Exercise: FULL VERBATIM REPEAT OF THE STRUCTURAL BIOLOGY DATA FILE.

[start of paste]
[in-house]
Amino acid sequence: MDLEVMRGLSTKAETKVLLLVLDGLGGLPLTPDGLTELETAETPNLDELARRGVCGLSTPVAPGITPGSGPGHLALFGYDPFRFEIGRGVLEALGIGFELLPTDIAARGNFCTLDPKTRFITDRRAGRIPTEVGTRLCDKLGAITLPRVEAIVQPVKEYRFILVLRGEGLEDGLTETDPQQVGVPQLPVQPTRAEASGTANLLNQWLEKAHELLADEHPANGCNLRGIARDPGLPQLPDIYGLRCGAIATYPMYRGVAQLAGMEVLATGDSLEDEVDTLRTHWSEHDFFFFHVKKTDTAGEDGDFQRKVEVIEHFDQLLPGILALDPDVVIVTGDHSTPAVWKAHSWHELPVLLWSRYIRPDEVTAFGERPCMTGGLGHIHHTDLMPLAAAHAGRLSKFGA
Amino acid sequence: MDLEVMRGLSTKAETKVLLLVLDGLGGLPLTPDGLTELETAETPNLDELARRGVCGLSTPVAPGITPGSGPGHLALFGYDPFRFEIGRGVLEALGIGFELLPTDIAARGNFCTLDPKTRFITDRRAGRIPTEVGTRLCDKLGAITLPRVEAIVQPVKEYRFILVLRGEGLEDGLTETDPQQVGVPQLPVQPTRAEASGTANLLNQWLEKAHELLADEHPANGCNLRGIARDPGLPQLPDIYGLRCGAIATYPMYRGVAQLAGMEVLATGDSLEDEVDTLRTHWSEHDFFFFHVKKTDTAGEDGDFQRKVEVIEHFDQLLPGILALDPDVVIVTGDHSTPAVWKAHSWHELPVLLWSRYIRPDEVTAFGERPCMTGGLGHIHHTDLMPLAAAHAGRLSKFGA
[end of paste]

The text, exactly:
[in-house]
Amino acid sequence: MDLEVMRGLSTKAETKVLLLVLDGLGGLPLTPDGLTELETAETPNLDELARRGVCGLSTPVAPGITPGSGPGHLALFGYDPFRFEIGRGVLEALGIGFELLPTDIAARGNFCTLDPKTRFITDRRAGRIPTEVGTRLCDKLGAITLPRVEAIVQPVKEYRFILVLRGEGLEDGLTETDPQQVGVPQLPVQPTRAEASGTANLLNQWLEKAHELLADEHPANGCNLRGIARDPGLPQLPDIYGLRCGAIATYPMYRGVAQLAGMEVLATGDSLEDEVDTLRTHWSEHDFFFFHVKKTDTAGEDGDFQRKVEVIEHFDQLLPGILALDPDVVIVTGDHSTPAVWKAHSWHELPVLLWSRYIRPDEVTAFGERPCMTGGLGHIHHTDLMPLAAAHAGRLSKFGA
Amino acid sequence: MDLEVMRGLSTKAETKVLLLVLDGLGGLPLTPDGLTELETAETPNLDELARRGVCGLSTPVAPGITPGSGPGHLALFGYDPFRFEIGRGVLEALGIGFELLPTDIAARGNFCTLDPKTRFITDRRAGRIPTEVGTRLCDKLGAITLPRVEAIVQPVKEYRFILVLRGEGLEDGLTETDPQQVGVPQLPVQPTRAEASGTANLLNQWLEKAHELLADEHPANGCNLRGIARDPGLPQLPDIYGLRCGAIATYPMYRGVAQLAGMEVLATGDSLEDEVDTLRTHWSEHDFFFFHVKKTDTAGEDGDFQRKVEVIEHFDQLLPGILALDPDVVIVTGDHSTPAVWKAHSWHELPVLLWSRYIRPDEVTAFGERPCMTGGLGHIHHTDLMPLAAAHAGRLSKFGA